# Discussion Assignment #8: Computing Fibonacci Numbers

### 2 November 2011

As we begin our brief study of recursion, we will look at a famous example of a recursively defined sequence of integers, the Fibonacci sequence. (This was first described in the Western literature in 1202 by Leonardo of Pisa, though it was apparently known earlier in India.)

We define the Fibonacci numbers F(i), for i = 0, 1, 2, ..., by the three rules:

1. F(0) = 0

2. F(1) = 1

3. if n > 1, then F(n) = F(n-1) + F(n-2)

This is a recursive definition because Rule 3 defines some values of the sequence in terms of others. We can see that F(2) = F(1) + F(0) = 1 + 0 = 1, and that F(3) = F(2) + F(1) = 1 + 1 = 2. Similarly we can compute F(4) = 3 and F(5) = 5. For any non-negative integer n, our recursion will be grounded -- we will eventually reach the base cases of F(0) and F(1), and be able to complete our computation without further recursion.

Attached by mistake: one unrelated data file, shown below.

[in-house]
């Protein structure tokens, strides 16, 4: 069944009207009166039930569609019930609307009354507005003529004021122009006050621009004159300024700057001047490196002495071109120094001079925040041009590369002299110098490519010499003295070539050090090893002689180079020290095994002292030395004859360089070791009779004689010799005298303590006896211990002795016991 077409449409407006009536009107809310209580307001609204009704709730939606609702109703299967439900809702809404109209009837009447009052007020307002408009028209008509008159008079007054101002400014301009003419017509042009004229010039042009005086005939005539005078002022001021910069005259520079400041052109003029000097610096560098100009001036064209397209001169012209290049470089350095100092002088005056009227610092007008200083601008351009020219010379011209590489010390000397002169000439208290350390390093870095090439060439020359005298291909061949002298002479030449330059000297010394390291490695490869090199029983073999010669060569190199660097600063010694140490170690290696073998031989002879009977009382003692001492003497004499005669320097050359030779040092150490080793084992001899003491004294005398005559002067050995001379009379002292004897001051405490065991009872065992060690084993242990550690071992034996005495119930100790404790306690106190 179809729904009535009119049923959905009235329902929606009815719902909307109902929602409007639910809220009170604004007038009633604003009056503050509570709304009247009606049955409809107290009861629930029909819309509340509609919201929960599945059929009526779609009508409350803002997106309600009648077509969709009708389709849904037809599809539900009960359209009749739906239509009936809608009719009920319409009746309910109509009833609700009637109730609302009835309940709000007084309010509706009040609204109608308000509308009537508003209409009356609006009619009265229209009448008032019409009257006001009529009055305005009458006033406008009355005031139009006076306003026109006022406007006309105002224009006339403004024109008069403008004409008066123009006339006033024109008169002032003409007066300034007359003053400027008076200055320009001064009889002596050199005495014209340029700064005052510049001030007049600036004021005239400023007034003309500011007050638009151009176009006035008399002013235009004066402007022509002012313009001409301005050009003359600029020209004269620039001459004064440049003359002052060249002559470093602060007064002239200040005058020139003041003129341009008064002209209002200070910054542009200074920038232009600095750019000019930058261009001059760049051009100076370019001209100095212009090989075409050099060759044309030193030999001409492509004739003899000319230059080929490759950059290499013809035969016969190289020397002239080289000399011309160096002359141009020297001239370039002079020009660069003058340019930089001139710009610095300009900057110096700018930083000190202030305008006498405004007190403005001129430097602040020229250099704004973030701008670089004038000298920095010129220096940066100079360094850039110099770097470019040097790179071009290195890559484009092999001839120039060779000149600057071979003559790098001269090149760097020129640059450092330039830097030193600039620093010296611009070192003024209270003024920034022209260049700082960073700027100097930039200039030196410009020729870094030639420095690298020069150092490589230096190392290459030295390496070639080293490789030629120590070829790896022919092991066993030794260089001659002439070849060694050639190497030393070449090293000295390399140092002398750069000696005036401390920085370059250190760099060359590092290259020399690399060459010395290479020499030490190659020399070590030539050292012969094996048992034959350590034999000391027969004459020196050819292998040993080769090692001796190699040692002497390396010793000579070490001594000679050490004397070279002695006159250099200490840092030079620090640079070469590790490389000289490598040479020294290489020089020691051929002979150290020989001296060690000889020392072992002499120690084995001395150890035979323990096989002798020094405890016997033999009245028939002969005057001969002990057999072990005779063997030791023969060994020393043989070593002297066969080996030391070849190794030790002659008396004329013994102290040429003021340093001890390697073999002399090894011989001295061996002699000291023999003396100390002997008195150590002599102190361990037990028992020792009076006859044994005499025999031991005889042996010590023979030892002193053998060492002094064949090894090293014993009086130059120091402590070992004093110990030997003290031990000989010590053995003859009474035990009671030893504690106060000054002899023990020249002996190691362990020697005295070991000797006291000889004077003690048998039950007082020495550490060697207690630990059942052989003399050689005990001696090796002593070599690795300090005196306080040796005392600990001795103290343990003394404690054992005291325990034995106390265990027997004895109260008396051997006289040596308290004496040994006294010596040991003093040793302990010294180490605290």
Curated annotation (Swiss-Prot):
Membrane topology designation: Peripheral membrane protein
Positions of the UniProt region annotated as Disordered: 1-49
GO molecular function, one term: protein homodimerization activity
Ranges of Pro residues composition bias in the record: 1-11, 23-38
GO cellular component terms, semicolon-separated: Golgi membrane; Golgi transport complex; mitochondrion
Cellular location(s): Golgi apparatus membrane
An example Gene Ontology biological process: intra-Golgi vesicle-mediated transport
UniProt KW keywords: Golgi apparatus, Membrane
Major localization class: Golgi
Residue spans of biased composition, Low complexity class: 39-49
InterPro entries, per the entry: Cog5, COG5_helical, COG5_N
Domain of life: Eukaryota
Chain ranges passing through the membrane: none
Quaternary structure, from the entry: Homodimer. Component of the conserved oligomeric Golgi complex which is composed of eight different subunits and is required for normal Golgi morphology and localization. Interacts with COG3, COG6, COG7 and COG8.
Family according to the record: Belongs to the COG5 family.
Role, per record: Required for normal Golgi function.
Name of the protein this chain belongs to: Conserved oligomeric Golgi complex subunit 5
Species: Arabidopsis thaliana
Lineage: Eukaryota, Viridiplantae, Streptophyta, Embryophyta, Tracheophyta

here is a recursive static method to compute the function `fib` that takes input n and returns F(n):

``````
public static int fib (int n) {
if (n <= 1) return n;
return fib (n - 1) + fib (n - 2);}
``````

### Exercises:

Question 1: Trace the `fib` method above to compute the value of F(7). Do not cut corners -- indicate exactly what method calls will be made by the code, even if you think they are a bad idea.

Question 2: Estimate the time needed for the `fib` method above to calculate F(n), in terms of either n itself or of F(n).

Question 3: Calculate the value of F(20). You may use any method, but show your work.

Question 4: Write a method, recursive or not, to calculate F(n) in O(n) time.